A new African Plant Breeding Academy, designed to train a generation of plant breeders who will help improve the nutritional value of indigenous African crops, has been launched by the University of California, Davis, in collaboration with the African Union’s New Partnership for Africa’s Development and the African Orphan Crops Consortium.
“We are honored to be part of this new venture,” said UC Davis plant scientist Allen Van Deynze, co-founder of the UC Davis Plant Breeding Academy, which has trained 114 crop breeders from 26 countries since 2006.
“We believe that the new plant breeding academy will produce important benefits for the daily lives of many Africans,” said Van Deynze, who is also the research director for the University of California Seed Biotechnology Center.
The new academy is part of the African Orphan Crops Consortium, which aims to sequence the genomes of 96 indigenous orphan crops that are important for African diets. The term “orphan crops” refers to African food crops and tree species that have been neglected by researchers because they are not economically important on the global market. The 96 crops being sequenced by the consortium include African eggplant and potato, cocoyam and Ethiopian mustard, as well as more commonly known crops such as cassava, cacao, millet, sorghum and legumes.
The African Plant Breeding Academy will enable plant breeders to enhance the nutritional value of these key crops through breeding and application of genomic tools.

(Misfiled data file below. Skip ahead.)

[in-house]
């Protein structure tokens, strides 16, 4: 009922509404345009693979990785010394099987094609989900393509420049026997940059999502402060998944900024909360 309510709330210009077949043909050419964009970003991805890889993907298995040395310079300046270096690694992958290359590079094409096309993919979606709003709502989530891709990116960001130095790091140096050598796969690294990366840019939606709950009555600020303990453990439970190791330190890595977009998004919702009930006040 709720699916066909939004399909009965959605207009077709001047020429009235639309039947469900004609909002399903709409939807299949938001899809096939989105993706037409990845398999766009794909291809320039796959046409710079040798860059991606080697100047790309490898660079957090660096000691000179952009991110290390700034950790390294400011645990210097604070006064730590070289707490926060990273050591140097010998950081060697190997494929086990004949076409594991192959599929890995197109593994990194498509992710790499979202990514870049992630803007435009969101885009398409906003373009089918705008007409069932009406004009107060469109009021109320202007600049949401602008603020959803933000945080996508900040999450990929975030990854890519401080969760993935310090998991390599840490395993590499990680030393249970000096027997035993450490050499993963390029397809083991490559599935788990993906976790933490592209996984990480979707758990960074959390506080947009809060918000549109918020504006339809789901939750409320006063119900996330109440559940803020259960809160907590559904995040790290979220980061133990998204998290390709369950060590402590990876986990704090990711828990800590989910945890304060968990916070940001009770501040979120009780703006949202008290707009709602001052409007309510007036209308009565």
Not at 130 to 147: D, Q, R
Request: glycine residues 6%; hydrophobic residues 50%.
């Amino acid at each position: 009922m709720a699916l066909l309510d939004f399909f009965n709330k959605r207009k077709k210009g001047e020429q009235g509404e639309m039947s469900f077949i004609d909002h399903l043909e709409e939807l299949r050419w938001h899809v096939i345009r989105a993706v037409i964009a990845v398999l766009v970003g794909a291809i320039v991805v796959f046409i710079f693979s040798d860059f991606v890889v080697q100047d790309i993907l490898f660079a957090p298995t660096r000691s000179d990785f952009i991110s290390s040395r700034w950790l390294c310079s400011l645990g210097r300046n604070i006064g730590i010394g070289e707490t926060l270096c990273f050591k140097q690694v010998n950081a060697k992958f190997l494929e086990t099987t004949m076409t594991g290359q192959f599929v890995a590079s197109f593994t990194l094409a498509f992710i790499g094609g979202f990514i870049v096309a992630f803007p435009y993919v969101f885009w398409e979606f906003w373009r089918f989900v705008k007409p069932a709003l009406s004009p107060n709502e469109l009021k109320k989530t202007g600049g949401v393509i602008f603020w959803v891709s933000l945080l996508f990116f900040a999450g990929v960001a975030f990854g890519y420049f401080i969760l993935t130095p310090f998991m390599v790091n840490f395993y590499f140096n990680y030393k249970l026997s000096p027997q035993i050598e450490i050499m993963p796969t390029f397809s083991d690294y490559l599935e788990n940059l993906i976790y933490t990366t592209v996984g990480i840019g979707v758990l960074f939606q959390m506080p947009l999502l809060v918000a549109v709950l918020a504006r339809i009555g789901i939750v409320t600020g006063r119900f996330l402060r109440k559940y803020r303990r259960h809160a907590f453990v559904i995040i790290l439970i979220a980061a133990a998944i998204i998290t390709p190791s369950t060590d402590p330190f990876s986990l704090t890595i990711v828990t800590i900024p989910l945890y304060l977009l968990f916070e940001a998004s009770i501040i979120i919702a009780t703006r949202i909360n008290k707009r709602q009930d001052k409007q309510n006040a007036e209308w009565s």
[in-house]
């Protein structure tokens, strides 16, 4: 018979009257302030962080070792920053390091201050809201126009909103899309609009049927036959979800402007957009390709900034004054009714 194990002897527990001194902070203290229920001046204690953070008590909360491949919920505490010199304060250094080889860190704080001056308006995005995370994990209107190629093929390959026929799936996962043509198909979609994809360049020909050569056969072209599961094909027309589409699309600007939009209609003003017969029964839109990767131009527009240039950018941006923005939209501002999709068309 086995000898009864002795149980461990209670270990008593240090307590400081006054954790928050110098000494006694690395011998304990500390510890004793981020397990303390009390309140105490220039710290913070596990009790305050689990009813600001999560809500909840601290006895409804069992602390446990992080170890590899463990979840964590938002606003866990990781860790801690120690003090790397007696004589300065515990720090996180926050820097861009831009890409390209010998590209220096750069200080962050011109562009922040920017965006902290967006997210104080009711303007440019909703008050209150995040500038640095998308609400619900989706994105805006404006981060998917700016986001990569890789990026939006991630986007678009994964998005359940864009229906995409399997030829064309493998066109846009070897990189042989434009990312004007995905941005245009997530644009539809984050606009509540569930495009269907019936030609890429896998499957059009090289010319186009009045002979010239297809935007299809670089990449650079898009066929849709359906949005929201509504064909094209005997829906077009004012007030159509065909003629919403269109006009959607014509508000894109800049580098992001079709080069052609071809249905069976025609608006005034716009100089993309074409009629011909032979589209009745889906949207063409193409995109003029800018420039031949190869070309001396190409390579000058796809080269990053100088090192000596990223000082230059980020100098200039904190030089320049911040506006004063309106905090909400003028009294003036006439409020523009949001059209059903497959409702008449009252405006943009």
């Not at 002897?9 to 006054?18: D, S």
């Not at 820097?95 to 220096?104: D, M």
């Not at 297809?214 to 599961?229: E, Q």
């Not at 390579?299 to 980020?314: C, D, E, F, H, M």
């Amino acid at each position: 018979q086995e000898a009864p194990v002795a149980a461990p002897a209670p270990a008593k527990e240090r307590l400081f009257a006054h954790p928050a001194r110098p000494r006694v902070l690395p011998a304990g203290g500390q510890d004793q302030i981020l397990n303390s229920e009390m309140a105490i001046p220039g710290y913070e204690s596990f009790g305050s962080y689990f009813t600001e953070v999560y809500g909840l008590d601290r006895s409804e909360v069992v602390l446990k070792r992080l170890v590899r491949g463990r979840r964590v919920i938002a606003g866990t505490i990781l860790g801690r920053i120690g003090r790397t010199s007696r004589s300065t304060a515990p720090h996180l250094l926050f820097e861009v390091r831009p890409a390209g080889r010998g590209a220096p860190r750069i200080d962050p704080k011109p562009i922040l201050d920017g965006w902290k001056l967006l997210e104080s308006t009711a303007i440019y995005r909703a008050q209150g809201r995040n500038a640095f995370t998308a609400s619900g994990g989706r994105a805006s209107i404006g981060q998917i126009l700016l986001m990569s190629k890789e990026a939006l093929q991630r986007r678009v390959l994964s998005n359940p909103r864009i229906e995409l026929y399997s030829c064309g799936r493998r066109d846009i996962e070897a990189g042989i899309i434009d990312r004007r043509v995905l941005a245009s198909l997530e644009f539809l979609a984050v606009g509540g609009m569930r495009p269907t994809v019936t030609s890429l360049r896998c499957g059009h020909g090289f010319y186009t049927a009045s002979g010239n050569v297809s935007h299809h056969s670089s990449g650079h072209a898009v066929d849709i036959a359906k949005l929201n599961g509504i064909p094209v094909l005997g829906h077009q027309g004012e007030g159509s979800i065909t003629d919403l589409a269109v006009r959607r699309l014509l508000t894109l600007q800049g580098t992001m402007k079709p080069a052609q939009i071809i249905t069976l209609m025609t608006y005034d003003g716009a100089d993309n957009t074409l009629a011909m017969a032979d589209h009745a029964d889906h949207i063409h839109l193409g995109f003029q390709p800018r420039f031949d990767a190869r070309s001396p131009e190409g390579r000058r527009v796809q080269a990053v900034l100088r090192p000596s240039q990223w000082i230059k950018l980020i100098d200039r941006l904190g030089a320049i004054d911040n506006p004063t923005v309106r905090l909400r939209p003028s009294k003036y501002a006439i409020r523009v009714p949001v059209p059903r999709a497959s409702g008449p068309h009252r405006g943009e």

Partners in the consortium are the African Union’s New Partnership for Africa’s Development, Beijing Genomics Institute, Life Technologies, World Wildlife Fund, University of California Seed Biotechnology Center, iPlant and Mars Incorporated. More information on the consortium is available online.
"Getting opportunities to grow nutritious food and put it into the hands of those who need it most has been the ambition of the African Orphan Crops Consortium since its inception,” said Howard Yana-Shapiro, chief agricultural officer for Mars Inc. and a senior fellow in the UC Davis Department of Plant Sciences.
"It is hugely exciting to realize that, through the pursuit of fundamental science, the consortium is playing its role in fighting chronic hunger and malnutrition, and Mars is proud to be a part of this effort,” he said.
The new academy, a six-week program, will be delivered in three two-week classes, beginning Dec. 2 at the World Agroforestry Center in Nairobi. Closing date for applications is July 15.
Participating African plant breeders will be trained in the most advanced theory and technologies for plant breeding, in support of critical decisions for crop improvement. The curriculum will cover the latest concepts in plant breeding, quantitative genetics, statistics and experimental design.
The program also covers accurate and precise trait evaluations, strategies to integrate genomics into breeding programs, and identification and use of genomic data and DNA-based markers in breeding programs.
The instructors are internationally recognized experts in plant breeding and seed technology.
With significant contributions from Life Technologies and the World Agroforestry Center in Nairobi, the African Orphan Crop Consortium is developing state-of-the art laboratories to apply the technologies being developed for Africa.
The African Plant Breeding Academy is the latest offering of the UC Davis Plant Breeding Academy, a premium professional certificate program, offered since 2006 in the United States, Europe and Asia.